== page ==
The Beginner’s Guide to Security Tokens

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The world of cryptocurrency is often more diverse than people expect. Although you might be familiar with certain coins, there are actually several types of assets within the crypto space. Along with the broader categories of coins and tokens, there are subcategories in each of these spaces. One example is the security token.

If you’re thinking about investing in crypto, it’s essential to understand what security tokens are, how they work and how they differ from other tokens. That allows you to make wiser investment choices, plan for tax implications and more. And because some financial experts believe the landscape is growing — with estimates security tokens will hit $162 trillion in volume by 2030 — now might be just the time to dive into security tokens. Here’s what you need to know to get started.

Security Tokens: A Basic Definition

A security token is a digital asset that represents ownership rights in another asset, such as a stake in a company from a stock. The main difference between these traditional securities and security tokens is that the tokens are part of blockchain environments, while other securities aren’t. Beyond that, the two financial instruments have quite a bit in common.

Security tokens are like securities you can acquire through a brokerage using traditional investing strategies. After purchasing one, you become a shareholder. This gives you the ability to have a say in the future direction of the company. The value of security tokens is also determined by the value of the underlying asset they’re tied to.

That latter point separates security tokens from coins. With coins, the value is primarily based on public sentiment — there’s no other asset backing the coin. With security tokens, there’s an underlying asset. This gives the token a basis for its value on the market.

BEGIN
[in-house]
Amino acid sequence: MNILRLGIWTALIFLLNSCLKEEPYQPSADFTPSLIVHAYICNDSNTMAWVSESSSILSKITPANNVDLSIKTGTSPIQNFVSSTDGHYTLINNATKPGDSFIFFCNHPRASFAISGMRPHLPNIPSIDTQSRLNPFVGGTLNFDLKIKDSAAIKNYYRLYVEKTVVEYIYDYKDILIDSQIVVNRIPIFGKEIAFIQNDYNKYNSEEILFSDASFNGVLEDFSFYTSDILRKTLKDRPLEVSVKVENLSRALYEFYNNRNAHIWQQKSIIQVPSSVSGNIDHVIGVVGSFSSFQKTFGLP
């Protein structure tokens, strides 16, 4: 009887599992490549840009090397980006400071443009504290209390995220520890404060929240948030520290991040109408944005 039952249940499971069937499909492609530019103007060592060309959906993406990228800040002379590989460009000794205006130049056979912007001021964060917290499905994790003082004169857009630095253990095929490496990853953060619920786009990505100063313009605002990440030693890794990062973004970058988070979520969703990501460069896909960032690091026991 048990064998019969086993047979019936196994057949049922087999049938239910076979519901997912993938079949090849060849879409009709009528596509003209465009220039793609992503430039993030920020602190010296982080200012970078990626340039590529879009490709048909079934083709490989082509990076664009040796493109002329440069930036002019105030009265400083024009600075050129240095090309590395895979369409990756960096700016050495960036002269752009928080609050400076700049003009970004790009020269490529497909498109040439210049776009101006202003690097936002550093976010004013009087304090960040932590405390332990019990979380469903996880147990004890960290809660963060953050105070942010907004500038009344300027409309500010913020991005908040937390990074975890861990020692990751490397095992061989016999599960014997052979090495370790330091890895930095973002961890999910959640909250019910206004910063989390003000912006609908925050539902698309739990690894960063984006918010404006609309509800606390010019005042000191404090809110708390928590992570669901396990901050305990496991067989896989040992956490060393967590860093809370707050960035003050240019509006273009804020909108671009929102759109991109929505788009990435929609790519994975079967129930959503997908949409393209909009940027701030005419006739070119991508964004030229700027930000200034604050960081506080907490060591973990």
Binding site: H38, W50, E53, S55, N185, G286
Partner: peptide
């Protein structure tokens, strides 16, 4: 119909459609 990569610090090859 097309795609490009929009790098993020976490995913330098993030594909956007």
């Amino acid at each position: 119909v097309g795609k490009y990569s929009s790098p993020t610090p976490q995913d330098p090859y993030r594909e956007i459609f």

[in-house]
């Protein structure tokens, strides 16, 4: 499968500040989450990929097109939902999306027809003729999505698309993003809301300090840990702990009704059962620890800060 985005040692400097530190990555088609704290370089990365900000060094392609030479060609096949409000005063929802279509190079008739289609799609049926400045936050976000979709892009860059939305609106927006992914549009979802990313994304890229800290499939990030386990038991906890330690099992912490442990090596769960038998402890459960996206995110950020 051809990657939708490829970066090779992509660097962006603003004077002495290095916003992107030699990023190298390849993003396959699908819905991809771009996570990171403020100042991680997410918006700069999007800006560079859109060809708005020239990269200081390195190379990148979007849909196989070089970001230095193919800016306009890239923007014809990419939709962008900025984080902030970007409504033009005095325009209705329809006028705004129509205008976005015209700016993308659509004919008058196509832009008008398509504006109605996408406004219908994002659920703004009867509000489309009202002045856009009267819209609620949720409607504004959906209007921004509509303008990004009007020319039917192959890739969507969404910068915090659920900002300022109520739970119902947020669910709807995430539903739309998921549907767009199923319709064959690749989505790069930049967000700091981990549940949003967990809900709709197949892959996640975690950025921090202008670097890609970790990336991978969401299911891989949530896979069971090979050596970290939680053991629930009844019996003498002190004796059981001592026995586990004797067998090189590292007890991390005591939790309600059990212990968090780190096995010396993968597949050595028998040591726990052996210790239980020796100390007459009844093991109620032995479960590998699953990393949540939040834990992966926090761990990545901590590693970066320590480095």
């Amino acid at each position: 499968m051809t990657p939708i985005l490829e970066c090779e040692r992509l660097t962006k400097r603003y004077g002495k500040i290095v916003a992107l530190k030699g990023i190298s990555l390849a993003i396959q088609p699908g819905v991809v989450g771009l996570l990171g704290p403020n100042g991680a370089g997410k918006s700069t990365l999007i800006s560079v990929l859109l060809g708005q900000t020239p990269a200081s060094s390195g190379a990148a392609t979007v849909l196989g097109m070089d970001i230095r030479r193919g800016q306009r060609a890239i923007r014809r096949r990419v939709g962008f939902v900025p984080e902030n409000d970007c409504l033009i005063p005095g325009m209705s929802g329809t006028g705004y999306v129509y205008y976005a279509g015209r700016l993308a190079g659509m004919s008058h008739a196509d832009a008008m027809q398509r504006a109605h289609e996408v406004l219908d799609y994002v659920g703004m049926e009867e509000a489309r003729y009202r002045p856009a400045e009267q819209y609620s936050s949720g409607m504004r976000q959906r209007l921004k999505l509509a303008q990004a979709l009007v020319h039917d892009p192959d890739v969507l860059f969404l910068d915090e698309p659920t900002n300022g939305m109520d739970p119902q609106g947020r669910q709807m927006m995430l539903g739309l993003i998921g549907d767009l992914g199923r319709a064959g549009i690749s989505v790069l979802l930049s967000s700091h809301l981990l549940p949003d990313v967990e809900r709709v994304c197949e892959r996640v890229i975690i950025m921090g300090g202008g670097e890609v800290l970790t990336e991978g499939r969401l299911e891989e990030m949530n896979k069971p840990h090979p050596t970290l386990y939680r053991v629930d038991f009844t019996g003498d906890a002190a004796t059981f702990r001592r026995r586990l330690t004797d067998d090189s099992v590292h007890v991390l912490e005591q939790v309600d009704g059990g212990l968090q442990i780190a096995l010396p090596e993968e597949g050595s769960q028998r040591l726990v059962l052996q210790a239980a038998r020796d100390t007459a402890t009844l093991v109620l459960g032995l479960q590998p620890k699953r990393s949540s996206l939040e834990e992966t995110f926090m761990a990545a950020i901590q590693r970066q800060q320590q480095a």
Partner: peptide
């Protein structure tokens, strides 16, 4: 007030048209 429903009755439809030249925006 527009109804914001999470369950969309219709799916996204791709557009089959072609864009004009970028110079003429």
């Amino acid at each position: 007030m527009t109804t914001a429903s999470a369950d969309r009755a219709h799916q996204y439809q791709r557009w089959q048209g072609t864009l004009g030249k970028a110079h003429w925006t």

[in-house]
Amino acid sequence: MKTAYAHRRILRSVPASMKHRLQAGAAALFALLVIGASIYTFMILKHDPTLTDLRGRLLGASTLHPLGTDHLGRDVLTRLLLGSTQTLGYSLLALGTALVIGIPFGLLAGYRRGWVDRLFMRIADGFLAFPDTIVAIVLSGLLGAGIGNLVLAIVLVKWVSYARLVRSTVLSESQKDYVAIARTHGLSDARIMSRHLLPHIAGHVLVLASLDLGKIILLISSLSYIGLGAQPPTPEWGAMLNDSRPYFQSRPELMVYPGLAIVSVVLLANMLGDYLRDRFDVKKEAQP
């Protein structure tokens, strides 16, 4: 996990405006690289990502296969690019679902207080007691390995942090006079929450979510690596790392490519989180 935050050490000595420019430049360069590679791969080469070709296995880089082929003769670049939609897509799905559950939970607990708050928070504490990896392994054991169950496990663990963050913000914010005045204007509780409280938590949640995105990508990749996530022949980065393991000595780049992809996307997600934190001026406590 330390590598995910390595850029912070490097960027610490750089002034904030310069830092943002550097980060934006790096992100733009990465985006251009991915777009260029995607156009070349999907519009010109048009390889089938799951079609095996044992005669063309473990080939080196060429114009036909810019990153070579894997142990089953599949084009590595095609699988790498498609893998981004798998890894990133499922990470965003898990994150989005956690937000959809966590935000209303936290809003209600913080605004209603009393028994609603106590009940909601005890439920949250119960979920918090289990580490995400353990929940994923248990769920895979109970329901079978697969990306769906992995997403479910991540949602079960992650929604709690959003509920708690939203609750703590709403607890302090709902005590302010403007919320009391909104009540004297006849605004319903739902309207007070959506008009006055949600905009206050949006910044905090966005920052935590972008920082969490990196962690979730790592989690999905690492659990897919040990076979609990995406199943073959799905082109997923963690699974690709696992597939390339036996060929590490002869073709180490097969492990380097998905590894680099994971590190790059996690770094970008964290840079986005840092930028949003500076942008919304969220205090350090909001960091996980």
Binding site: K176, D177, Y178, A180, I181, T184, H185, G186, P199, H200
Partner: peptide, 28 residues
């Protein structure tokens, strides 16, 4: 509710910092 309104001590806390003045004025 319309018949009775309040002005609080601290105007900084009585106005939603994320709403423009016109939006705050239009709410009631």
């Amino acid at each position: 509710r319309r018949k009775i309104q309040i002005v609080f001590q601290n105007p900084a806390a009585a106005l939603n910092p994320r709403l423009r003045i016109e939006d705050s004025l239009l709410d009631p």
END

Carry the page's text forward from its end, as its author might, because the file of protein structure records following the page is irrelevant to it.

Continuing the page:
How Security Tokens Work

As mentioned above, security tokens aren’t unlike stocks in companies. They represent fractional ownership of an underlying asset. But, with security tokens, a record of this ownership is included on a blockchain ledger.

Security tokens are highly liquid. In most cases, transferring ownership requires little more than what it takes to trade any kind of cryptocurrency. Additionally, new exchanges are in the works to make the trading process even more similar to that of stocks — an ideal development if you’re familiar with trading stocks online already.

However, while security tokens are tradable and most people consider them cryptocurrencies in the broad sense, they aren’t spendable like crypto coins. You can’t head to an online retailer and pay for a purchase of real goods using a security token. Instead, like stocks, you have to sell the security token to get a usable currency, whether that’s in crypto coins or fiat currency. Since that’s the case, security tokens work more like investment vehicles. They’re a chance to support a company directly — and potentially profit from its ongoing growth or success.

Using Security Tokens

As mentioned, security tokens aren’t spendable — at least not exactly. Instead, they’re investment vehicles representing a share in a company or other high-value underlying asset. This can make security tokens wise additions to your portfolio. If the underlying asset increases in value, the value of the associated security token also rises. That creates opportunities for profit.